Michael continued, “I told my family about it. Today they probably would’ve sent me to a therapist, but again, in the early seventies, therapy for 11-year-olds wasn’t that common. So my mom turned to the resources that she knew of. She said, ‘You have to talk to a couple of Catholic priests.’ She sent me to a Paulist priest who was a family friend, and to the Abbot of the monastery. They provided comfort and understanding and friendship, and really rescued me from a very difficult moment. Ironic, given the current state of affairs with the scandal, right? That I was a victim of sexual assault too, but it was priests and nuns and monks who rescued me from it, not who perpetrated it…That chapter wasn’t in the initial draft of the book. Finally, I realized as the book evolved, that in an era where the Catholic Church is struggling with priests as abusers, we also needed stories of priests as rescuers.”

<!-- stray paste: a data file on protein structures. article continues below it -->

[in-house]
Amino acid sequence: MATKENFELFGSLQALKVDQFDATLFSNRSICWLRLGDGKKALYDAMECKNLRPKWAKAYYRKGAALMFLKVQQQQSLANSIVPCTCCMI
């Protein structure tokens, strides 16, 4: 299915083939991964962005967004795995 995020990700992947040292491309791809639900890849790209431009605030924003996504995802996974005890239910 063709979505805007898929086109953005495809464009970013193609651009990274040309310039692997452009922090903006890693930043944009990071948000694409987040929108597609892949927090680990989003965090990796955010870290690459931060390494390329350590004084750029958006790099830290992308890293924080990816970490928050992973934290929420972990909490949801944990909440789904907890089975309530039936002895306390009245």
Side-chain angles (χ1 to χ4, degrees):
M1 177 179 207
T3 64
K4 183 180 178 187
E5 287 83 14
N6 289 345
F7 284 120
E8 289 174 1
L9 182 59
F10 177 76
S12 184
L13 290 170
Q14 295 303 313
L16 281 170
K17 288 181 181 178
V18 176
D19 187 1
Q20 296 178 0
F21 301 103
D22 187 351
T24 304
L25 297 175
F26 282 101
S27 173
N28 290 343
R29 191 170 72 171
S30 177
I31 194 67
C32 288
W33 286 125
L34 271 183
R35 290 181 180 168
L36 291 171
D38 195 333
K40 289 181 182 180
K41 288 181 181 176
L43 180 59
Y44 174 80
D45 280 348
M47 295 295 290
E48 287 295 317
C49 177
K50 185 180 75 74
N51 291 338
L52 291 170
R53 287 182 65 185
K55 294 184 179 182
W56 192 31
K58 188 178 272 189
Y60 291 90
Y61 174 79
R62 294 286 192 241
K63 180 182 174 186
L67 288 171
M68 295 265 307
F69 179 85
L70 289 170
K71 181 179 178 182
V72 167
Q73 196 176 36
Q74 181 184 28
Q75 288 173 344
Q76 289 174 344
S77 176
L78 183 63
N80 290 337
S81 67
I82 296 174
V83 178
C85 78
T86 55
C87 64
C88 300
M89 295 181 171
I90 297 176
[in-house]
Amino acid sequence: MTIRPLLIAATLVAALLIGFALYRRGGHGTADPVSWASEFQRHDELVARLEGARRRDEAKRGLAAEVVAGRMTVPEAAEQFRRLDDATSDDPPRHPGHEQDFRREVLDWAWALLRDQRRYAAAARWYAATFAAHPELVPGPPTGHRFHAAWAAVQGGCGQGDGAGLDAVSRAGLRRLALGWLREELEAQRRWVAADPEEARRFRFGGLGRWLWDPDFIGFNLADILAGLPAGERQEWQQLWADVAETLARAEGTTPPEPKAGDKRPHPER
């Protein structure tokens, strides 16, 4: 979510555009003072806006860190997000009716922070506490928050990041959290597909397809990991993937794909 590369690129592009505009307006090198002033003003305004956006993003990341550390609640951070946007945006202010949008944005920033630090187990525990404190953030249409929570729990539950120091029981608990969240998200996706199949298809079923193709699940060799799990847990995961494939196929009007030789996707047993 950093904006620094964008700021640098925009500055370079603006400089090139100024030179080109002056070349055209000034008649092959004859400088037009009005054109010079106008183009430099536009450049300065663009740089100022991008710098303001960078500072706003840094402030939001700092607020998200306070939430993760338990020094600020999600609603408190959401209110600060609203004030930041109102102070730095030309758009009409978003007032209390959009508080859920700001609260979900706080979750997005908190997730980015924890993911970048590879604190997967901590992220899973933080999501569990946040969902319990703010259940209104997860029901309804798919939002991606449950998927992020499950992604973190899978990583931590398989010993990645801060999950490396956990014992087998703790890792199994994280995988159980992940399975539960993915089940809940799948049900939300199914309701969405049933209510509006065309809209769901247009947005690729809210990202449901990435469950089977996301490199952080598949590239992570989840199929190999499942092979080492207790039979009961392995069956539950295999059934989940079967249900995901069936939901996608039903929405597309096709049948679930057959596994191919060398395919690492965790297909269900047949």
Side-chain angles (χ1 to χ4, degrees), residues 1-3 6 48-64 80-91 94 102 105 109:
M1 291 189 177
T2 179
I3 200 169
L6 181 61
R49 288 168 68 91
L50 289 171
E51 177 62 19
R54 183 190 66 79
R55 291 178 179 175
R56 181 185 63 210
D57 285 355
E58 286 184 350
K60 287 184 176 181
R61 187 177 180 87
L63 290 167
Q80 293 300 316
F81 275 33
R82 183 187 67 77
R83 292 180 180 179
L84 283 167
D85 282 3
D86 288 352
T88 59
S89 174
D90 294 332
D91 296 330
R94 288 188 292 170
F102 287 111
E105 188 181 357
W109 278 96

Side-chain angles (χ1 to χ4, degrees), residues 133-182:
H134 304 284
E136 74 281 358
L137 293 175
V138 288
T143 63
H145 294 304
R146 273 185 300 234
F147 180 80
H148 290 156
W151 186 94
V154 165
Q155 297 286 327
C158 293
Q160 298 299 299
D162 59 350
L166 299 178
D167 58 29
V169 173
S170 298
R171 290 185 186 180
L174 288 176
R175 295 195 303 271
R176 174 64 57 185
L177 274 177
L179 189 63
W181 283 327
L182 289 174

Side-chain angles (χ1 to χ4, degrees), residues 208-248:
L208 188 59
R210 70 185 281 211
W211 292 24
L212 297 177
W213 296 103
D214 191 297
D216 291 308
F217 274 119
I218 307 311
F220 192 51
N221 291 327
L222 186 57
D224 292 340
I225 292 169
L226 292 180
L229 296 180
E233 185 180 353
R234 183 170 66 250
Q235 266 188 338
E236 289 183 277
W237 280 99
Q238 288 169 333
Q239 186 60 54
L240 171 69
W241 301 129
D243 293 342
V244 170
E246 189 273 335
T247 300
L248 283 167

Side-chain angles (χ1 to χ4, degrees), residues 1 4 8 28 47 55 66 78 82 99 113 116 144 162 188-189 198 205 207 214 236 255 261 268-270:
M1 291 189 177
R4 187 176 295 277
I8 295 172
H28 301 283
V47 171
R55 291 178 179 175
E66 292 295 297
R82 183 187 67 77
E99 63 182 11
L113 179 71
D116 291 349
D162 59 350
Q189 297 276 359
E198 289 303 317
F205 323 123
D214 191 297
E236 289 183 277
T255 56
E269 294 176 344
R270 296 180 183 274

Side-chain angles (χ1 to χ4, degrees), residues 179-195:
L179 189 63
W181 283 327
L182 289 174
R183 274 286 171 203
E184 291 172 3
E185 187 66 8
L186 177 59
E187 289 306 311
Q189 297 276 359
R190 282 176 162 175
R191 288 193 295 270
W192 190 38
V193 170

Though Michael has endured times of darkness in his life, he hopes that reading “Monastery Mornings” serves as a light to readers. He concluded, “I’m a big believer in light…My story could have had a much different ending, right? A child of divorce, relatively impoverished family, a mother who had to spend 14 hours a day just bringing in the economic resources on which the family could live. Brothers and sisters going in different directions…So it could have been a very different story, but it was light that changed it for me…It was my mother. It was the monks. It was my sister who stepped up and sacrificed much at a very young age to help maintain the family. It was all these people in whom God was incarnated taking a moment to care about me, to show me light, to show me the way. So my story, in many ways, is a wonderful example of [The Christopher] motto, which is how important lighting that candle can be, despite the overwhelming amount of darkness that surrounds you.”

(To listen to my full interview with Michael Patrick O’Brien, click on the podcast link):

Michael Patrick O’Brien interview – Christopher Closeup